China’s powerful leader Xi Jinping has told communist party cadres that he has a plan to make their regime resilient to economic attacks from the US so “nobody can beat us down or choke us”.
Communist party general secretary Xi — who is also China’s president and the country’s most controlling leader since Mao Zedong — made the comments in a recently published speech that revealed the mixture of confidence and paranoia among Beijing’s leadership at the end of the Trump era.
Instructing officials at Beijing’s Central Party School in January days after supporters of Donald Trump attacked the US Capitol building on January 6, Mr Xi said they were living in a time of great upheaval.
“The most conspicuous feature of the world today can be summarised in one word — ‘turmoil’ — and this trend looks like it will continue,” he said in a speech published by the party’s leading ideological journal Qiushi.
He indicated that China’s almost total elimination of COVID-19 compared to the Trump administration’s bungling had demonstrated the superiority of their party-led government.
“Time and history are on our side and this is where our conviction and resilience lie, and why we are so determined and confident,” he said.
But Mr Xi warned that China still faced enormous challenges, which required increased attention on national security threats to their $20 trillion economy, the second largest in the world and forecast to grow by 8 per cent this year.
China’s leader argued his economic vision would make the party indestructible from further sanctions and tech restrictions similar to those imposed by the Trump administration.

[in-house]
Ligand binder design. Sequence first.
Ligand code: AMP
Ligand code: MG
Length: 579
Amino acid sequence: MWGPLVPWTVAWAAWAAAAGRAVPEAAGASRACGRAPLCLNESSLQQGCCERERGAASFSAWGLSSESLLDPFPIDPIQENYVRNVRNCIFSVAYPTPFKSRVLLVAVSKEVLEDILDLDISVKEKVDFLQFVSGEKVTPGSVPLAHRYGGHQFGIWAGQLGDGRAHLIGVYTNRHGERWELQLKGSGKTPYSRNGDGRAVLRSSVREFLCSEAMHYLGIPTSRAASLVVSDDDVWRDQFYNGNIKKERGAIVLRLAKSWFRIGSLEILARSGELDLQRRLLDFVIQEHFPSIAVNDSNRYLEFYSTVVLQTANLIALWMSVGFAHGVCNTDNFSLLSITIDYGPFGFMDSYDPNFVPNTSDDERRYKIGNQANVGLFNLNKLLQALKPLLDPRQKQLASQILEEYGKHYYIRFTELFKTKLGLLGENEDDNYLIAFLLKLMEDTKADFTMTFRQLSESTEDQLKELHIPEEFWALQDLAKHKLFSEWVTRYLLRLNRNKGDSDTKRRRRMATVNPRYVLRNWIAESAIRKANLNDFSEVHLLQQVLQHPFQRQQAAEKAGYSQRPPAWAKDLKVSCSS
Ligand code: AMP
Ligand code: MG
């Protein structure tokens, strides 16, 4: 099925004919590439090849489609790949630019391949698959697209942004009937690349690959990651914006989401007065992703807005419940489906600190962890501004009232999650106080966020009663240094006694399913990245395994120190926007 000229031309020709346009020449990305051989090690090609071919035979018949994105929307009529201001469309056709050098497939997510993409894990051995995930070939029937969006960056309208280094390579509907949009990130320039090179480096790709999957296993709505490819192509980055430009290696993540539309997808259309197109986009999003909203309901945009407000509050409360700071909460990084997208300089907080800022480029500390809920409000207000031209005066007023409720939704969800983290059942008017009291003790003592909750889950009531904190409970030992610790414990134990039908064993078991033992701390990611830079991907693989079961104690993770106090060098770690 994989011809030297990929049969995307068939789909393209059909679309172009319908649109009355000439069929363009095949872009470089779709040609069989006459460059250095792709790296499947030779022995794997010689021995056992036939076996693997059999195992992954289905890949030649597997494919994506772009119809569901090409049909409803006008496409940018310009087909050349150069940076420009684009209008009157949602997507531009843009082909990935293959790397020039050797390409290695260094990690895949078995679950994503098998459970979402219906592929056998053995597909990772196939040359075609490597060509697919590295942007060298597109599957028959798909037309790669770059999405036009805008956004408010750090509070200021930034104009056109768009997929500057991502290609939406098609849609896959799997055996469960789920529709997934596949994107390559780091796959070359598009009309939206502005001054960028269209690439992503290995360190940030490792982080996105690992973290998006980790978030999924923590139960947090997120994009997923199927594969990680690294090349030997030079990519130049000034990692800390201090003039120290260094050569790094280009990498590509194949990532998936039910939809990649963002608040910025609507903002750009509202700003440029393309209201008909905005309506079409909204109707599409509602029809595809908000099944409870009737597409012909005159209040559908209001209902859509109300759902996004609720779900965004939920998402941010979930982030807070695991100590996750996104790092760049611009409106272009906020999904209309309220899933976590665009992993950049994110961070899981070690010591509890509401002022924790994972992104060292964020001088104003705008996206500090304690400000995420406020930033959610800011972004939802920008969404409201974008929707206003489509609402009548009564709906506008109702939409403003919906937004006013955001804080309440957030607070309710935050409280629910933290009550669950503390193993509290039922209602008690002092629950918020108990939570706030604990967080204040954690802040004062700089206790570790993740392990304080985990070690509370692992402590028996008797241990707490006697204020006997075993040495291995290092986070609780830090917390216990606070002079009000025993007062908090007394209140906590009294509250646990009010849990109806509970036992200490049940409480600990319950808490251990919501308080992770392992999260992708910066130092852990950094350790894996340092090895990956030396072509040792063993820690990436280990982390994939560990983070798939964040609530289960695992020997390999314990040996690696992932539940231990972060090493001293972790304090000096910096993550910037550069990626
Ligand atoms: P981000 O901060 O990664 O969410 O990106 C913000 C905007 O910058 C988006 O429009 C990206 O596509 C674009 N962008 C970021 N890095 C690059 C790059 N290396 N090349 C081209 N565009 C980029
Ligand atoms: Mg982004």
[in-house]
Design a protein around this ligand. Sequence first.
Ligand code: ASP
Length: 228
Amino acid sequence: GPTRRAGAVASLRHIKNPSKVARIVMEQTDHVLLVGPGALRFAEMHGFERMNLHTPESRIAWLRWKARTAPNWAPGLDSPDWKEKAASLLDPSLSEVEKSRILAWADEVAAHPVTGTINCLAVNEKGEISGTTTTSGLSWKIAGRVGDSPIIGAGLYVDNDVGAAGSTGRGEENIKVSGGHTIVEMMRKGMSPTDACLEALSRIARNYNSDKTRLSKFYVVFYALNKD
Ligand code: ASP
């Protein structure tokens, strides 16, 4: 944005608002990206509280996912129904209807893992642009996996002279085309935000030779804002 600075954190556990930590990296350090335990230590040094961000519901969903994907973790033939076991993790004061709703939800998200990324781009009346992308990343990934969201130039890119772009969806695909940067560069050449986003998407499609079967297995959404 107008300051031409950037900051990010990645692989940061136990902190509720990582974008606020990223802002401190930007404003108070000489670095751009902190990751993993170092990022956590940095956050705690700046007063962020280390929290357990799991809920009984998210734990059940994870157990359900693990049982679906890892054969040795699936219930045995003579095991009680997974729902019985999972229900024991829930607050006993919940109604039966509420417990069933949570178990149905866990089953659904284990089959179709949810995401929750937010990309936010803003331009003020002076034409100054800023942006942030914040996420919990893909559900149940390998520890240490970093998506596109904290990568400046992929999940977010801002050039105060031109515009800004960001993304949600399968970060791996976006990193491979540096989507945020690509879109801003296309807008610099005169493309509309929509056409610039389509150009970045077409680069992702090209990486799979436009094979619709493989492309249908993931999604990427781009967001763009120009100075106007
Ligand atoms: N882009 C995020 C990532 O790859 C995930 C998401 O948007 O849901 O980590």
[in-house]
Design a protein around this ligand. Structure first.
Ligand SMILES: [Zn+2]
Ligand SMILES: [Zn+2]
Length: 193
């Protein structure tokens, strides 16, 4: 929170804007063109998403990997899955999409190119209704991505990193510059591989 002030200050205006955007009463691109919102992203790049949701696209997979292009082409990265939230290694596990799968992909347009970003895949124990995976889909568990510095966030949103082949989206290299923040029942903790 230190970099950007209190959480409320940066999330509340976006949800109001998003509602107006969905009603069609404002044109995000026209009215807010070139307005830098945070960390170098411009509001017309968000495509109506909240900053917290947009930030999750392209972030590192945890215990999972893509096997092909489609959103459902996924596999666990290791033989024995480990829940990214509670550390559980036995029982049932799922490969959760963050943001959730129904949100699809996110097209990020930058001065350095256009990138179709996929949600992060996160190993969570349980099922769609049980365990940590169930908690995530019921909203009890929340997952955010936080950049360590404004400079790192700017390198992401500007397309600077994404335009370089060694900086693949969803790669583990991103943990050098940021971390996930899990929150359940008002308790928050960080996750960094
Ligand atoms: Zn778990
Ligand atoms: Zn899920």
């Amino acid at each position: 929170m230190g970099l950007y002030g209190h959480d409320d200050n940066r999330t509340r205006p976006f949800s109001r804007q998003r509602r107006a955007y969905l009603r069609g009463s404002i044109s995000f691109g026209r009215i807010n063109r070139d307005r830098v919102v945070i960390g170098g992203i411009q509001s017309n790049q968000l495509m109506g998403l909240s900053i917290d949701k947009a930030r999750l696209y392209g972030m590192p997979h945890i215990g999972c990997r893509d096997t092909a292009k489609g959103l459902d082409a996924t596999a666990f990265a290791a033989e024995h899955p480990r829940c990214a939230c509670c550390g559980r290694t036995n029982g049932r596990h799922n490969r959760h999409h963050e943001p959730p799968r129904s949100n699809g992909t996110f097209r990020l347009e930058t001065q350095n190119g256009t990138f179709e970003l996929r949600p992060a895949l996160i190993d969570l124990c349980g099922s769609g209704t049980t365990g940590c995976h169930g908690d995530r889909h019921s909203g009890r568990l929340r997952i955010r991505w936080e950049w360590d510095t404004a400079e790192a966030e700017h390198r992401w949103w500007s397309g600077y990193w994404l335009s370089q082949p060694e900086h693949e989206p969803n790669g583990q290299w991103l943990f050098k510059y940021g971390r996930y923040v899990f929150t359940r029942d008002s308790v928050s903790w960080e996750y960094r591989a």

“Only by standing on our own feet, by smoothing the domestic economic circulation and by working hard to cultivate a body that is incorruptible and not invaded by poisons, can we leave aside the changes internationally and always be full of vigour to survive and develop,” Mr Xi said.
“No one can beat us down and choke us!”
Since coming to office weeks after that speech, President Joe Biden has attempted to calm some of the anxiety in Beijing that was stoked by Mr Trump and his secretary of state Mike Pompeo.
“Biden isn’t framing China as an evil empire to be contained. He’s not calling for the Chinese Communist Party to be overthrown,” said Daniel Russel, former US assistant secretary of state for east Asia in the Obama administration.
“He’s signalling his determination to out compete China,” Mr Russel said in a briefing assessing the first 100 days of the Biden administration’s China policy.
But politics in Washington — which as in Beijing currently “favour the hardliners” — had influenced the new President’s approach.
“The last thing that Biden needs is to expose his flanks to China hawks in Congress before he’s locked down the legislation he needs,” Mr Russel said.
On Thursday, Mr Biden again used anxiety about China’s rise to pressure the US Congress to pass his $2.3 trillion infrastructure and high tech research package.
Mr Biden said the US needed to increase spending on research and development because “the Chinese are eating our lunch”.
“If it keeps going the way, they’re going to own the electric car market in the world,” he said.
“We’ve got to compete.”
Working closely with allies and partners has been another key plank of the Biden administration’s China policy.
US Secretary of State Antony Blinken was this week in London for a G7-plus meeting dominated by concerns about China’s trade practices, cyber theft, human rights violations and assertiveness in the South China Sea, East China Sea and the Taiwan Strait.
Mr Russel, who worked closely with then vice-president Biden in the Obama administration, said leaders around the Asia-Pacific were looking for signs of whether the new president would restore America’s credibility after the erratic Trump presidency.
“And nobody is watching more closely to see if the US is getting its mojo back than the Chinese,” he said.
Despite the deep suspicion shared by the world’s two most powerful countries, the personal relationship between Mr Xi and Mr Biden was one of “few intact threats” in the “safety net under the US-China relationship”, according to Mr Russel, now a vice-president at the Asia Society Policy Institute.
He recalled an encounter with Mr Xi in Beijing with Mr Biden back in the Obama era.
“I vividly remember him saying to Xi Jinping … He said: ‘My father used to tell me: Joey, the only thing worse than war, is an unintentional war,’” Mr Russel said. “Then I think he recited a poem by Yeats or something.”